October 1833-December 1834

The Collected Letters, Volume 7


TC TO MARGARET A. CARLYLE; 19 March 1834; DOI: 10.1215/lt-18340319-TC-MAC-01; CL 7:116-118.


Craigenputtoch, 19th March, 1834—

My Dear Mother,

You are probably expecting some little word of tidings from me tonight; and I have no mind to disappoint you. There is little to say, except that I got well home, and we are all well;—or rather of the many other things that I could wish to say and impart to you there are so few that will come readily into black-on-white! I have thought much about you, my dear Mother; and what can we make of it but that there is another revolution and shaking-asunder and joining-together going to take place among us; for which, with a patient trust that it will be all for Good, we ought to make courageously ready. Be not discouraged, my dear Mother: this also will be found to lead us towards the right mark. You shall never see yourself forsaken on Earth while I live, while one of us lives; and happy were it for us if out of the Earth and beyond it, we had a City with foundations!1 That a Faith of that dwells in you is my greatest comfort: what anchor have we otherwise in this tempestuous fluctuating world to front its storms with? Another year, I trust, will see us all more composed.

I parted with Alick, as he would tell you, on this side of Lochmaben; in a wae and yet not unhappy mood: so many partings; Life compelling each of us to go his separate road: and yet the serene image of a continued Union even in Time, and a higher Union thro' Eternity looks in glimpses benignantly thro' it.— But I must cease my moralizing; for that is not the business here.

Jean got me all my things at Dumfries; I found her well and looking well: delivered her her packages and told her all the news. I saw M'Diarmid and some others with him; all of whom were as kind and kinder than there was need for. I agreed with the Bookseller M'Kie to send him down a whole mass of old Books which he was to sell for me: they have accordingly gone down, last Wednesday, in two large Boxes. I expect little for them; but they will be out of the way.

Here at home also all was well; and my two dames set heartily to grind coffee for me when I showed face. Mrs Welsh had not wearied nearly so much as I expected: in fact, she staid a week longer, till yesterday; and parted in the most kindly reluctant manner; a thing unexampled in the history of visiting; which we almost thought like feedom [a portent, usually of death]. She sent back the Gig with her Boy, the same day; and a very multifarious collection of Presents; including even two hareskin soles for me!— She is to send you her Pony down next Wednesday; not tomorrow, because the Boy only got home today, and there was no time to fetch it: she would not speak of selling it, but seemed to wish much it might suit you. I doubt, it will be very weak: she lamented that the Boys had taught it a trick of flying across the road (I think); formerly it had no trick, and still has no other. But Garthwaite will bring it down for you next week, and you will see it with your own eyes. If it do not suit, you shall have Harry, or one that will. Alick also will see after a saddle.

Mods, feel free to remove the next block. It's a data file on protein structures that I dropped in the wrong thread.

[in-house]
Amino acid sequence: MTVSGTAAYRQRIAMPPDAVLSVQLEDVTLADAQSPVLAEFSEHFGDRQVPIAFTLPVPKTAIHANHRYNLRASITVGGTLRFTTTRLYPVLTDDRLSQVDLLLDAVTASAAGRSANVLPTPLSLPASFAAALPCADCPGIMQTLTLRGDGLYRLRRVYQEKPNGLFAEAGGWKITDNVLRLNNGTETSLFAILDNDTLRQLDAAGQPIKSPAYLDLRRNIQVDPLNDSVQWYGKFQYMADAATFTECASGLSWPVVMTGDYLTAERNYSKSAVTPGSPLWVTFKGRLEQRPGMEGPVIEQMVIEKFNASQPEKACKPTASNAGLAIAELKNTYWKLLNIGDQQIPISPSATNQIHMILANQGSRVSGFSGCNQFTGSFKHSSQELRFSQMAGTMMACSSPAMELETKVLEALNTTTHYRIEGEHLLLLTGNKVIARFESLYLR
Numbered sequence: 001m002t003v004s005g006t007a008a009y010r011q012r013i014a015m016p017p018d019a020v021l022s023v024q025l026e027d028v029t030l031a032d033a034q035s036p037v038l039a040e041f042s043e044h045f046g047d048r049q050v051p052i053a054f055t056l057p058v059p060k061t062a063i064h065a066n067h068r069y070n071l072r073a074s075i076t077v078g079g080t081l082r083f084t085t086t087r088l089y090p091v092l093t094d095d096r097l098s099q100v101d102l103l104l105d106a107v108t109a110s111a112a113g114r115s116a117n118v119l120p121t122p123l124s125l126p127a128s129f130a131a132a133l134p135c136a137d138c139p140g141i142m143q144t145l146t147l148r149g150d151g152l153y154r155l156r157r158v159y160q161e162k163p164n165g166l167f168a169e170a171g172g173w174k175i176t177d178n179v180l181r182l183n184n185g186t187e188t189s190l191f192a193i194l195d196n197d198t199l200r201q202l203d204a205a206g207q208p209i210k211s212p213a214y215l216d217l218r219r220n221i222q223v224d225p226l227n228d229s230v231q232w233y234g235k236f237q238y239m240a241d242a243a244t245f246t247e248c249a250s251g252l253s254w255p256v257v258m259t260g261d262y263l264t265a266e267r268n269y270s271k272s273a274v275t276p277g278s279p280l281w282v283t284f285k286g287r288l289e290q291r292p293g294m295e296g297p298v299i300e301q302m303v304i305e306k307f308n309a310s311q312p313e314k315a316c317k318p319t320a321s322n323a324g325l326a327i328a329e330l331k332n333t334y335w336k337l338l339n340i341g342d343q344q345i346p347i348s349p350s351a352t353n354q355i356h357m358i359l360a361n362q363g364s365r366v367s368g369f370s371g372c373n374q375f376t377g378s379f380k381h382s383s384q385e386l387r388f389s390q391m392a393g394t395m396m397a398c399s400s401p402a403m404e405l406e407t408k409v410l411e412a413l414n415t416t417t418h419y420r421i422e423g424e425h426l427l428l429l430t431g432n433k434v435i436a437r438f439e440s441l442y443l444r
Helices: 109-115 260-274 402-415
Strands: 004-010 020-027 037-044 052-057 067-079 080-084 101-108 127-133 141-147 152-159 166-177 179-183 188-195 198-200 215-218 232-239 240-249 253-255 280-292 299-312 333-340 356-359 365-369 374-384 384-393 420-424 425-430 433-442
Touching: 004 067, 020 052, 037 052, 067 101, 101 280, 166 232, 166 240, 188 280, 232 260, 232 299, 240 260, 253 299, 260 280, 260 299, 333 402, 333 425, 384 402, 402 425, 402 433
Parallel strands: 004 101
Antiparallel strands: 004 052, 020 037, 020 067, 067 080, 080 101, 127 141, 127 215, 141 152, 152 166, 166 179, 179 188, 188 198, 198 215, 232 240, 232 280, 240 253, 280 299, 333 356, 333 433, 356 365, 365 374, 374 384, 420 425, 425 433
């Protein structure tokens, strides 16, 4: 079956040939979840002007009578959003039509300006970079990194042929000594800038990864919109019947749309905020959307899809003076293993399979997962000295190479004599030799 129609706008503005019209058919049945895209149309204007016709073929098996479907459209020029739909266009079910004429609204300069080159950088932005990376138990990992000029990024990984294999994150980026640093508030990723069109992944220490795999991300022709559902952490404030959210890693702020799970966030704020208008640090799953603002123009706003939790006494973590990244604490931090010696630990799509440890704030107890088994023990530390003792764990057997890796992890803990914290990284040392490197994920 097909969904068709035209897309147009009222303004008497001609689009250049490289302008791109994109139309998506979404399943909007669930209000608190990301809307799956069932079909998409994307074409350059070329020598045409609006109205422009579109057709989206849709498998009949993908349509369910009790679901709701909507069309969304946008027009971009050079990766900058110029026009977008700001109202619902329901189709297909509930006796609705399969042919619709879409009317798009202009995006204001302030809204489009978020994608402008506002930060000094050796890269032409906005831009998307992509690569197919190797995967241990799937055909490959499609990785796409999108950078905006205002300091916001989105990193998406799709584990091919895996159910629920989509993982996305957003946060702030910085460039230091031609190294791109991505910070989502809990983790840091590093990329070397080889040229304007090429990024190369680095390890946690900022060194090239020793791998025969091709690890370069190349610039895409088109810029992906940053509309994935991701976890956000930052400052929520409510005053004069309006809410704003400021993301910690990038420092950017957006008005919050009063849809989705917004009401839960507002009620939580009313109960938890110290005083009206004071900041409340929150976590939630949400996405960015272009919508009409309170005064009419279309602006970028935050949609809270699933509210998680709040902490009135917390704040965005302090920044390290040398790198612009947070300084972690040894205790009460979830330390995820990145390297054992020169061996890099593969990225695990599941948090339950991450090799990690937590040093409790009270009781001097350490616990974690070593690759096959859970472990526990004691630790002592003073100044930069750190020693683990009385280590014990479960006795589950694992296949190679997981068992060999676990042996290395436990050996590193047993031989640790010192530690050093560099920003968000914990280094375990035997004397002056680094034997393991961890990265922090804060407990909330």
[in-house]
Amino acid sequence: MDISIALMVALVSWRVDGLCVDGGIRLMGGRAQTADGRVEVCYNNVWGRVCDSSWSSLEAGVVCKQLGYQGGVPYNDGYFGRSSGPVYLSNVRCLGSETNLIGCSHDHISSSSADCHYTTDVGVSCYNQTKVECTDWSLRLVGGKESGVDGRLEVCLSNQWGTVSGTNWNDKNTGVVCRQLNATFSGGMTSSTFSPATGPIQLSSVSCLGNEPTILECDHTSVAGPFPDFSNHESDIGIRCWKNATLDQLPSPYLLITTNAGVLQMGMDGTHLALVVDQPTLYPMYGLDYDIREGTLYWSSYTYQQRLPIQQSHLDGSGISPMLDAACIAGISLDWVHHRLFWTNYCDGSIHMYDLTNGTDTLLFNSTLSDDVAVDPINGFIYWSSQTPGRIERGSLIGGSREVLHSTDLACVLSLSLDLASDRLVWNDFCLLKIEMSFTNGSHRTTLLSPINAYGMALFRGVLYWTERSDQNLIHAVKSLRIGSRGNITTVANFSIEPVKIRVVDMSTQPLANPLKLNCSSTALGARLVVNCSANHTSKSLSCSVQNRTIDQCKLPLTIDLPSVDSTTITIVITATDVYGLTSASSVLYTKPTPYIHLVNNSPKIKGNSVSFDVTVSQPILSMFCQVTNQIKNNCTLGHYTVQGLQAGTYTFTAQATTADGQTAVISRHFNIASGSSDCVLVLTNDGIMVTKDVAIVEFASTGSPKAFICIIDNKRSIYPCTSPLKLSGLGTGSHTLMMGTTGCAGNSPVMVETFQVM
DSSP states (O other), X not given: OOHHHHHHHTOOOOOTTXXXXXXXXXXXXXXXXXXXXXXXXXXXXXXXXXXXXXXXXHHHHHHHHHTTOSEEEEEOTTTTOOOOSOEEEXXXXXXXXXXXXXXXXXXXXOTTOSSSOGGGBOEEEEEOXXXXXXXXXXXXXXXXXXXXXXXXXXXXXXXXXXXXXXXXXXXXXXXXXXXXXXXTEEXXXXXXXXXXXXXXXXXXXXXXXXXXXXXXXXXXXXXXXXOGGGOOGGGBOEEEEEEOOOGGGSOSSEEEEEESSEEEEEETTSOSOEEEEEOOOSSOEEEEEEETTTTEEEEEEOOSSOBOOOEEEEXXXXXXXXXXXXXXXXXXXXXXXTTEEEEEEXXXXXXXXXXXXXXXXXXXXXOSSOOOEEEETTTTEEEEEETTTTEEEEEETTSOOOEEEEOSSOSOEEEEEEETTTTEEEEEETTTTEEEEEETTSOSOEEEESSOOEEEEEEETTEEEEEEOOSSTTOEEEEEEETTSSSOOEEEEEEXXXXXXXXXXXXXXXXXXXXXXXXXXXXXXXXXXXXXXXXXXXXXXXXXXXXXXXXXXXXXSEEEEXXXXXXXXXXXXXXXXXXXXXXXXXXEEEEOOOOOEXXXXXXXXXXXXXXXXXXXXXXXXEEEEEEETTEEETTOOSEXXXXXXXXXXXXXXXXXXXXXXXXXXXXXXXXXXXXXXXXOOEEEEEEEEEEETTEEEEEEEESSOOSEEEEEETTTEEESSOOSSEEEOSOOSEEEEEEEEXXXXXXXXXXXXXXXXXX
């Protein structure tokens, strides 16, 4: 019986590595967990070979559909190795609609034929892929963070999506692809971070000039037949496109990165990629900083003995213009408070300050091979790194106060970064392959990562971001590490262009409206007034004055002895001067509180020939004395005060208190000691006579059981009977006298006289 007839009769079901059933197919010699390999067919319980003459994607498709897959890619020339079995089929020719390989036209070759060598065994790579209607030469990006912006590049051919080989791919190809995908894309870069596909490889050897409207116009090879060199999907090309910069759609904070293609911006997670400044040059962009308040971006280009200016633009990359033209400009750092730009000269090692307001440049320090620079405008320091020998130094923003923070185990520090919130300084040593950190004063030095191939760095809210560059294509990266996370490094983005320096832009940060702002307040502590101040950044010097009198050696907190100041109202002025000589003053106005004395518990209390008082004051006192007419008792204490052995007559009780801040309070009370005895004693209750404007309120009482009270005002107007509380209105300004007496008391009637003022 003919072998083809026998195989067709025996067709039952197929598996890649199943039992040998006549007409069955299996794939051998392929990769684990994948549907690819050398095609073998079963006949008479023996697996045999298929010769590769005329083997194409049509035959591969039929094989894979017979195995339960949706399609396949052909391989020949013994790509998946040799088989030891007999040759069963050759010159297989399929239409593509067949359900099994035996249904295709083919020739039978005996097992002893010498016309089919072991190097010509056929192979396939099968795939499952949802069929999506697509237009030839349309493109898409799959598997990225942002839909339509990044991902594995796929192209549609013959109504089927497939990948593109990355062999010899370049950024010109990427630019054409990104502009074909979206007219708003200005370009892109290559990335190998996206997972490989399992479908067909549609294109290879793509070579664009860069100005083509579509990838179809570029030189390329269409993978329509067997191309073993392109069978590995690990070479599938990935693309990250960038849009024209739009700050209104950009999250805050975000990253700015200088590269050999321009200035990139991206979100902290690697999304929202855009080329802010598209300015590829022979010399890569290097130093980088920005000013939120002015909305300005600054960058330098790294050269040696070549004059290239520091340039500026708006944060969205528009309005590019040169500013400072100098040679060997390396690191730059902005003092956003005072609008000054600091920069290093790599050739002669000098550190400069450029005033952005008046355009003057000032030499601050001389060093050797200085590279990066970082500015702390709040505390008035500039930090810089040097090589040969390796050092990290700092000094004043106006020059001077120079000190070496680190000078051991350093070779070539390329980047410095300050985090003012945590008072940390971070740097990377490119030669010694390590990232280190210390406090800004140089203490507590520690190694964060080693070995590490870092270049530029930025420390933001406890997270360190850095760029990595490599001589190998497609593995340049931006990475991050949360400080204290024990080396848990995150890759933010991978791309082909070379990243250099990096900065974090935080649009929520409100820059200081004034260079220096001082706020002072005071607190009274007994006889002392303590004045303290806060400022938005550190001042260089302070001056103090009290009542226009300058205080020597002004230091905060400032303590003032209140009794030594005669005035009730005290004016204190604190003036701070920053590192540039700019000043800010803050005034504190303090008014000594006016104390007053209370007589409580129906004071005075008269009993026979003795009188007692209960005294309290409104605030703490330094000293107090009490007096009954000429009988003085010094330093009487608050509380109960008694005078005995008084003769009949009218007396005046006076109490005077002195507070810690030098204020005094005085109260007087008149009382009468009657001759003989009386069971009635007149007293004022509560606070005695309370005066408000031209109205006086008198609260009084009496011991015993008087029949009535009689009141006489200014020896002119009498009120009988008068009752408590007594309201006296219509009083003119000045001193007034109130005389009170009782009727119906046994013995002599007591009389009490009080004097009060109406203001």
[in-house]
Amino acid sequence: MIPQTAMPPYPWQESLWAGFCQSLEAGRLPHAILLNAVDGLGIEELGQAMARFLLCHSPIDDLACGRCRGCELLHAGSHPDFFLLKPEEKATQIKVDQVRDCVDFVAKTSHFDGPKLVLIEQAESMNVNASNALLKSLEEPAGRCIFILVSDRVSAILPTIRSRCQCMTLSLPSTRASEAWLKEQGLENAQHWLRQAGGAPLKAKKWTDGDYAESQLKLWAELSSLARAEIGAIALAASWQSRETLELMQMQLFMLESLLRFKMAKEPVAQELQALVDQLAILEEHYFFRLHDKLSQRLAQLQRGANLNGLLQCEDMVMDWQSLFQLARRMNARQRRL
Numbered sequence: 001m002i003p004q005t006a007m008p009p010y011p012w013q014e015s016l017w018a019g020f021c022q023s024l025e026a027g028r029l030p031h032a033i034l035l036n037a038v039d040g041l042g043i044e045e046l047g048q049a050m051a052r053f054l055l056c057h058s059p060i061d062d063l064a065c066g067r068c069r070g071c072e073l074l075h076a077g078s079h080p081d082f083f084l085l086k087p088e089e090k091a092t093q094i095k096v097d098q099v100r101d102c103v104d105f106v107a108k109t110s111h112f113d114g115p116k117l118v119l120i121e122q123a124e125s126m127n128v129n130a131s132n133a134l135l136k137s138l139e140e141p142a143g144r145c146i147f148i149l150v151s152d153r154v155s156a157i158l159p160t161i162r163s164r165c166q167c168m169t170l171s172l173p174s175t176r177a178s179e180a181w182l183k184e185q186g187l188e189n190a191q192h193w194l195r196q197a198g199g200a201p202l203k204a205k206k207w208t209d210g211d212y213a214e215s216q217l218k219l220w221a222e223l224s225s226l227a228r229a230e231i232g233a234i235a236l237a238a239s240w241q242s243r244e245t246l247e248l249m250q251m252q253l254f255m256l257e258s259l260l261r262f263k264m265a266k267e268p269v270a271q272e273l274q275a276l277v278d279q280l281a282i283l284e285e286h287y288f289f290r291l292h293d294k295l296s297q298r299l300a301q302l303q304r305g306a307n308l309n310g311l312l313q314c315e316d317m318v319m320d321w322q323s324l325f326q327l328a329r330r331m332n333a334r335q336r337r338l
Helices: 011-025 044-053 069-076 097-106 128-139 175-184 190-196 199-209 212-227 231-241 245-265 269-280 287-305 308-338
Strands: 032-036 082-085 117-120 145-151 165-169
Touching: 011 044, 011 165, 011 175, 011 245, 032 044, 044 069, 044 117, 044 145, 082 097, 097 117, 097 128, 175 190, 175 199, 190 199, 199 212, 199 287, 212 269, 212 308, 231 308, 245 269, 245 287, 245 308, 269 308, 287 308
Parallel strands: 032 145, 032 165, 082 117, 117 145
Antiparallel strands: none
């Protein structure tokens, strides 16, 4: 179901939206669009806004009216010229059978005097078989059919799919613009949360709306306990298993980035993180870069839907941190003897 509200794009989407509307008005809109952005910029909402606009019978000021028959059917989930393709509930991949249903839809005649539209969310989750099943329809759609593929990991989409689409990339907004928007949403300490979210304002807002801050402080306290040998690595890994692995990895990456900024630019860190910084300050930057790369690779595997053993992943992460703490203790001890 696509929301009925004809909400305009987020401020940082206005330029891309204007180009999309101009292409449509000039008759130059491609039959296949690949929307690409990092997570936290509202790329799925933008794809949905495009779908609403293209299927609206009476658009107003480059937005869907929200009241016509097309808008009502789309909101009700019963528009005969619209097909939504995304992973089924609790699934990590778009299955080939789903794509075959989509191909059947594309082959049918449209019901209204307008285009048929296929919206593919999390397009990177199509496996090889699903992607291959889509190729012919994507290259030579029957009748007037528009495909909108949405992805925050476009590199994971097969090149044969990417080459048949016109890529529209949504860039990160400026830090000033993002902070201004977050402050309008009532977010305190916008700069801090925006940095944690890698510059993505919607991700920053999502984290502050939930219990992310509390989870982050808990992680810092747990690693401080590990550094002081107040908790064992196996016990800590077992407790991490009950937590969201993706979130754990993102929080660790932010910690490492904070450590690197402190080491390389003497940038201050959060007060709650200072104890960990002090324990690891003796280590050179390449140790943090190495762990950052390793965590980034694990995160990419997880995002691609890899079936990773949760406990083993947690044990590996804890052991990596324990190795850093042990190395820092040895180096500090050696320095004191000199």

We have yet heard nothing more of London; but may perhaps this week or next. No applicant either for the House here; only Peter Austin very urgent for the Park (in case the House should not let), of which I promised him the first offer. Indeed I have done almost nothing since my return: I was in a rather bilious state, and went about in a restless uneasy pitiful state on that account till within these two days, when (by aid of regimen and castor) I am got to my old condition again. I doubt, the weather, as beautiful as it looks, is not very healthy: therefore, I beg of you specially to take care of yourself. This is the very time for colds and rheumatisms, and small feverish afflictions. Take to your pills again, if you have any need of them; and I entreat you, dear Mother, be very careful.—

Next week I think is the March Fair; when you get your pony. The question is: When you are to come up here, and get a fortnight of writing? I am quite serious in this; at all events, you must come here, and give us a fortnight's talking, whatever way things turn. I will come for you any time: if your pony will carry you to Dumfries[,] as we were talking, my coming is the merest trifle, for I am not likely to do much except read for some time. Now as to the time: Archy Glen is to be here for three days, he writes us, the first being the 3d of April. Perhaps when he goes off will be the best time we can choose. I will write however before then, and we will try to fix it.

What has Austin made out at Annan? I fancied him there last thursday. Mary must take her pen, and write us all that has passed, especially how you all are. Ben Nelson did not come on friday; which was no other than I expected.

The sheet is so near full! I too am confused and wearied; Glen has just been here, and I had various tasks thro' the day. Good night, my dear Mother! Let us all be of good cheer, and good hope: has not God's Providence cared for us all hitherward; and will He now forsake us? We have no reason to think so, except our Unbelief. Good night my dear Mother; may Peace be with you all!

Your affectionate Son, /

T. Carlyle

Jane sends her best love to you all: you in particular I am to tell that the stockings are “beautiful” and most thankfully received.